Sediment stability: can we disentangle the effect of bioturbating species on sediment erodibility from their impact on sediment roughness?
|Author(s)||Dairain Annabelle1, 3, Maire Olivier2, Meynard Guillaume1, Richard Anaïs2, Rodolfo-Damiano Tiffany2, Orvain Francis1|
|Affiliation(s)||1 : Unité Biologie des ORganismes et Ecosystèmes Aquatiques (FRE BOREA), Sorbonne Universités, Muséum National d'Histoire Naturelle, CNRS, Université Pierre et Marie Curie, Université de Caen Normandie, IRD 207, Université des Antilles, Esplanade de la paix, F-14032, Caen, France
2 : Univ. Bordeaux, EPOC, UMR CNRS 5805, 2 rue du Pr Jolyet, F-33120, Arcachon, France
3 : Marine Biology Research Group, Department of Biology, Ghent University, Krijgslaan 281/S8, Ghent, 9000, Belgium
|Source||Marine Environmental Research (0141-1136) (Elsevier BV), 2020-12 , Vol. 162 , P. 105147 (13p.)|
|WOS© Times Cited||2|
|Keyword(s)||Cerastoderma edule, Sediment erodibility, Bioturbation, Bed roughness, Microphytobenthos, Density-dependent effect, Suspended-food availability|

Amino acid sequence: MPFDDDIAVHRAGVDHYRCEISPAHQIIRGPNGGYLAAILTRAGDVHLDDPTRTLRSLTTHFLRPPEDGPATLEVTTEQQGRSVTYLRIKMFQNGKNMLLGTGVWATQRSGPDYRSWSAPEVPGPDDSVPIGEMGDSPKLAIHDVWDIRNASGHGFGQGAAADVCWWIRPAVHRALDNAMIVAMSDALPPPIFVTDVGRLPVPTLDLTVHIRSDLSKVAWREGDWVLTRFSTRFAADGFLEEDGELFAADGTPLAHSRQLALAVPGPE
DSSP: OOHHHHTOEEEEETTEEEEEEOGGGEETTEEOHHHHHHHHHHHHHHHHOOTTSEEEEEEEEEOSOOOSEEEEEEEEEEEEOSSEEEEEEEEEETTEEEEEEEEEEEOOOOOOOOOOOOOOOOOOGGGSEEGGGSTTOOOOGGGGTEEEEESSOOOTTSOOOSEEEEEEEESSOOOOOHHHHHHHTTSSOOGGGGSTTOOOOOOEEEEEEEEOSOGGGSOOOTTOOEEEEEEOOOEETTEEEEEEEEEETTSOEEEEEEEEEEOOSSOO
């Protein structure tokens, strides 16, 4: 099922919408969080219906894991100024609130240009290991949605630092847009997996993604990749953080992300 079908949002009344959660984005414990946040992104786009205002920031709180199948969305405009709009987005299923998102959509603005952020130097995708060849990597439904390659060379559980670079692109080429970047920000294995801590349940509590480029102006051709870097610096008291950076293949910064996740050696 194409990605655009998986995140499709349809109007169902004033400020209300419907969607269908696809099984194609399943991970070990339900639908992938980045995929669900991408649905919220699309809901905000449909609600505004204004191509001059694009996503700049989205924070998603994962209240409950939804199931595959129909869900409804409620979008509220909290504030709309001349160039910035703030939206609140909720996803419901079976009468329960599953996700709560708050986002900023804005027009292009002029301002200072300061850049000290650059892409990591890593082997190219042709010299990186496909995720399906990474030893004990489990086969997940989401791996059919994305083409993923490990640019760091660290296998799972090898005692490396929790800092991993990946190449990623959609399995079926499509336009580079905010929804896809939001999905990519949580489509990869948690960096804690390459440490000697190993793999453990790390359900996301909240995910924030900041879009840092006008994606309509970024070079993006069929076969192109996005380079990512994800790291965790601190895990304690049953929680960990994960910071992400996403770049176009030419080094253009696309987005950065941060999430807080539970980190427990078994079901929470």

Benthic organisms, in particular bioturbators, can influence erosion processes either by affecting sediment roughness through their mere presence and/or activities, or by modulating sediment characteristics (e.g., silt content, granulometry) and thus altering its erodibility. To date, it was not possible to distinguish the influence of bioturbating species on sediment roughness from their impact on sediment erodibility. Consequently, uncertainties remain regarding the role played by benthic species on sediment dynamics. In this study, we used a canal flume which allows to record the bed shear stress at the surface of a non-cohesive sediment (4% of mud) during erosion experiments, thus allowing to disentangle the influence of bioturbators, here the common cockle Cerastoderma edule, on the two erosion mechanisms. In order to assess the influence of bioturbating species on sediment stability in different environmental situations, we additionally tested for the effects of three factors, i.e. bivalve density, availability of suspended food (i.e. phytoplankton presence) and microphytobenthos (MPB) occurrence, which may modulate the behavior of cockles. We observed that cockles promote the erosion of the surficial layer by increasing its roughness as a consequence of their sediment reworking activity and/or presence at the sediment surface (emerging shell). In contrast, we calculated similar critical bed shear stress for erosion with and without bivalves suggesting that cockles have a minor influence on the erodibility of non-cohesive substrates with a low silt content. The destabilizing effect of cockles increased with the bivalve density whereas it was attenuated by the presence of phytoplankton. We hypothesize that the magnitude of cockles' bioturbation activity was lower when a high proportion of suspended food is available. High concentrations of suspended food may also have enhanced the filtration and biodeposition rates of cockles, thus rapidly leading to the ‘muddification’ of the sediment bed and consequently counteracting with the own destabilizing effect of the bivalves. Finally, the sole presence of MPB did not significantly affect the resuspension dynamics of non-cohesive sediments with a low proportion of mud.